As many as 9 states – Gujarat, Jharkand, Karnataka,Rajasthan, Uttarakhand, Sikkim, Tripura, Tamilnadu and West Bengal are contented with meeting the bare recommended minimum of Rs4oo, thus contributing Rs 200 from their own resources. Older persons in rest of the 9 states are lucky in getting more than 400 – luckiest being Goa and Delhi where OAP is Rs 1000 per month.
What it all boils down to is that nearly 50% of states are paying far less than 400 for older persons 65+. In terms of number persons denied even this barest minimum of Rs 400 works out to 2.1 crores. As I know of the situation in AP let me give some startling facts: When old couple, both are above 65, the husband is give; the wife is denied. The amount is given through political local leaders who pick and choose who should be given (registered) for OAP. A sample survey conducted in two villages showed many anomalies such as: ineligible persons being included; recipients had to pay a bribe to get registered and a commission even on monthly payments on a regular basis; non existing names were included for OAP etc.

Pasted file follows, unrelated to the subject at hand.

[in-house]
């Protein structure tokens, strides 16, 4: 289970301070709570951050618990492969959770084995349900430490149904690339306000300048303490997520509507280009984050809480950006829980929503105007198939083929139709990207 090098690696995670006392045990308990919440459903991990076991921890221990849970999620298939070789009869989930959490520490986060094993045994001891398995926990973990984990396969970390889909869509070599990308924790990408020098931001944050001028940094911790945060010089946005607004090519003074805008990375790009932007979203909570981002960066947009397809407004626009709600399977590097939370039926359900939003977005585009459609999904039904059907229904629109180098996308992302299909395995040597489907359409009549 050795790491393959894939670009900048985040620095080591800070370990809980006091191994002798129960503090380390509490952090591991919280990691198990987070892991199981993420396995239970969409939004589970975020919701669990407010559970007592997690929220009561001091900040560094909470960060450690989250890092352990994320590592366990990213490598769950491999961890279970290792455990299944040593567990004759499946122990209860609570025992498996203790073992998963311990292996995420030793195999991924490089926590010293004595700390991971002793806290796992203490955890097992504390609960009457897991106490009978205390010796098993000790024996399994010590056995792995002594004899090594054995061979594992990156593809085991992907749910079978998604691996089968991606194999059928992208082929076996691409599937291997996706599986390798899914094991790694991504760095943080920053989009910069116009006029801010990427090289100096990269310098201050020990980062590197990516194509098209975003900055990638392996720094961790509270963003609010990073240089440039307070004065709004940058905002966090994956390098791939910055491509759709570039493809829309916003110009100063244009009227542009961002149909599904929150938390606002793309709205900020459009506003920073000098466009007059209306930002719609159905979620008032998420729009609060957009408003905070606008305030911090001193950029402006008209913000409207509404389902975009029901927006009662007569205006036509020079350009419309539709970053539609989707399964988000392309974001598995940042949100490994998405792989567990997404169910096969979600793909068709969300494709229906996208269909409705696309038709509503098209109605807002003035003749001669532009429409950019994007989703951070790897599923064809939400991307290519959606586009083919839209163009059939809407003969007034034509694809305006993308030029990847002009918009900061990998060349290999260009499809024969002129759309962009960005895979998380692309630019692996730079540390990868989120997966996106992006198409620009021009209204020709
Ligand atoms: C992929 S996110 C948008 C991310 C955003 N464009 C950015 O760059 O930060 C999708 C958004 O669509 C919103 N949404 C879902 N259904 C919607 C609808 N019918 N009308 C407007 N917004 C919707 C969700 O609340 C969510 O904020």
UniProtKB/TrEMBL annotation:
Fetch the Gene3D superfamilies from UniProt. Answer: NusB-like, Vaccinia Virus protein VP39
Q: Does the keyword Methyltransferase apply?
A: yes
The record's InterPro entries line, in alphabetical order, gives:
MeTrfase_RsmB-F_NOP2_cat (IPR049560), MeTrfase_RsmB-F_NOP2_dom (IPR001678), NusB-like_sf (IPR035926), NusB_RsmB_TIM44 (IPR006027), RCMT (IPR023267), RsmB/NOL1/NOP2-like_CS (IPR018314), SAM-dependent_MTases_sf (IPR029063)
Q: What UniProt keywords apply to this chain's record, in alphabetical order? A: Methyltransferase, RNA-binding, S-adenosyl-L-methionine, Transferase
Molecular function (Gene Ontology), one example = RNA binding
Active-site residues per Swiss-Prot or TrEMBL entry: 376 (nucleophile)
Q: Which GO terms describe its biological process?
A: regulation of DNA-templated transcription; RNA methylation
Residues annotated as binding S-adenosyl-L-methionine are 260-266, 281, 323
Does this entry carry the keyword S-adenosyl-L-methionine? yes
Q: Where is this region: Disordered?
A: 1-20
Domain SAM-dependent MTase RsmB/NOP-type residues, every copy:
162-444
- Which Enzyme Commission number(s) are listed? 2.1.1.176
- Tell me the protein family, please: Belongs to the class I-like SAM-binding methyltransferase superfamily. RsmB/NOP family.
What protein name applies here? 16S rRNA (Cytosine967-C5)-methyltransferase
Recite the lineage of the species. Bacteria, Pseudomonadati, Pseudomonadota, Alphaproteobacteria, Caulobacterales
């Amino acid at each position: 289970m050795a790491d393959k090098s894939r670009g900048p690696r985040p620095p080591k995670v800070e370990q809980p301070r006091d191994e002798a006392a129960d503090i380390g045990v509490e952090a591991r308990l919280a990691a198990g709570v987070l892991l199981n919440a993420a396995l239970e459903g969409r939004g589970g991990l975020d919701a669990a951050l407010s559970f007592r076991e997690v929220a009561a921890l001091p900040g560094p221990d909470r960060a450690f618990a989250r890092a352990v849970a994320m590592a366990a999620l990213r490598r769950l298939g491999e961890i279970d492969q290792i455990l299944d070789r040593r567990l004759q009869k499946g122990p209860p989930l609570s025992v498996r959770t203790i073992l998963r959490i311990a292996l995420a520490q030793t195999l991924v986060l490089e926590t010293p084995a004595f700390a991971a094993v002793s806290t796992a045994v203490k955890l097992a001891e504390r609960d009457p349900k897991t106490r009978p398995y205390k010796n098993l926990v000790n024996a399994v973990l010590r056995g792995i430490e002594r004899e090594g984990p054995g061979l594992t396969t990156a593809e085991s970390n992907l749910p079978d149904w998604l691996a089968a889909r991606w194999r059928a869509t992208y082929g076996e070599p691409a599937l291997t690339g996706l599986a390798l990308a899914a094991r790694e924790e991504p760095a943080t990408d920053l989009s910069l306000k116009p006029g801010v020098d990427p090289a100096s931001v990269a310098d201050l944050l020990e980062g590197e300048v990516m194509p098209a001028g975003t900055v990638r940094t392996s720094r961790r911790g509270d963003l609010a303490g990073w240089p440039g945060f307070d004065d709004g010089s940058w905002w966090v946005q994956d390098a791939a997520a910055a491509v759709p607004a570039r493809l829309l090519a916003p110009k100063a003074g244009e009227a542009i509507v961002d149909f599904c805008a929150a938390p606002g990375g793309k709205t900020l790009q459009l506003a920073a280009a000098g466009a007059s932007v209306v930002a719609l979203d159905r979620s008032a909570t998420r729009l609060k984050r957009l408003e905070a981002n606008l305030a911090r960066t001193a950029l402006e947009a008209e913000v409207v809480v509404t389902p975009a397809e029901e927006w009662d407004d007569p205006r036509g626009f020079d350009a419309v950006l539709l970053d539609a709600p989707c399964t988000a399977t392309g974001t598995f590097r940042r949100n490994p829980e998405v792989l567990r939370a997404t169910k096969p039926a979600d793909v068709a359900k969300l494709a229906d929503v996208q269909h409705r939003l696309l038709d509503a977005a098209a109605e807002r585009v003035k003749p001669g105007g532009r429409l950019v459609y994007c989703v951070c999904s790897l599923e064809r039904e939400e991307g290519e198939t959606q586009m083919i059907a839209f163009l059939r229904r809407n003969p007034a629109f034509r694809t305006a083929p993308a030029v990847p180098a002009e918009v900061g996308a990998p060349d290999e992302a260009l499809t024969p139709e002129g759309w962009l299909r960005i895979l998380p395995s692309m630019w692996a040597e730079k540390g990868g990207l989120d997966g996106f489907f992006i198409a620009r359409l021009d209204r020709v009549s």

The Andhra Pradesh Government justifies its stand by claiming to pay Rs 200 to about 46 lakhs of elders. While the national average of BPL category is around 38% of the population, AP says about 80% are under BPL. Indiscriminate issue (sale of, would be more appropriate) of White Ration Cards for BPL to curry the favors of public and voters has landed the state into an irrecoverable mess. Our repeated pleas to rectify the situation and to ensure that all truly eligible senior citizens get Rs 400 per month have fallen on deaf ears.
This is one of the main reasons triggering senior citizens from all over India joining together to observe a protest day at national level on 16th August 2010. Let us hope that our rulers wake up and listen.

Posted By Dr P Vyasamoorthy, 30 Gruhalakshmi Colony Secunderabad 500015 Ph 040-27846631 / 9490804278. My blog: http://vyasa-kaaranam-ketkadey.blogspot.com/

Ageing Parliamentarians are apathetic towards Senior Citizens

Senior Citizens in India have been consistently getting neglected by Central and State Governments for a number of decades. To cite just a few issues of neglect:

63 years have passed and we still do not have social or health security

· 11 years have passed and National Policy on Older Persons (NPOP) has not been implemented by a single State
· 3 years have passed since enacting the Maintenance of Parents and Senior Citizens Act (MWPSC Act). This has become somewhat operational only in 8 out of 35 States/UT's; Four states have not even notified it!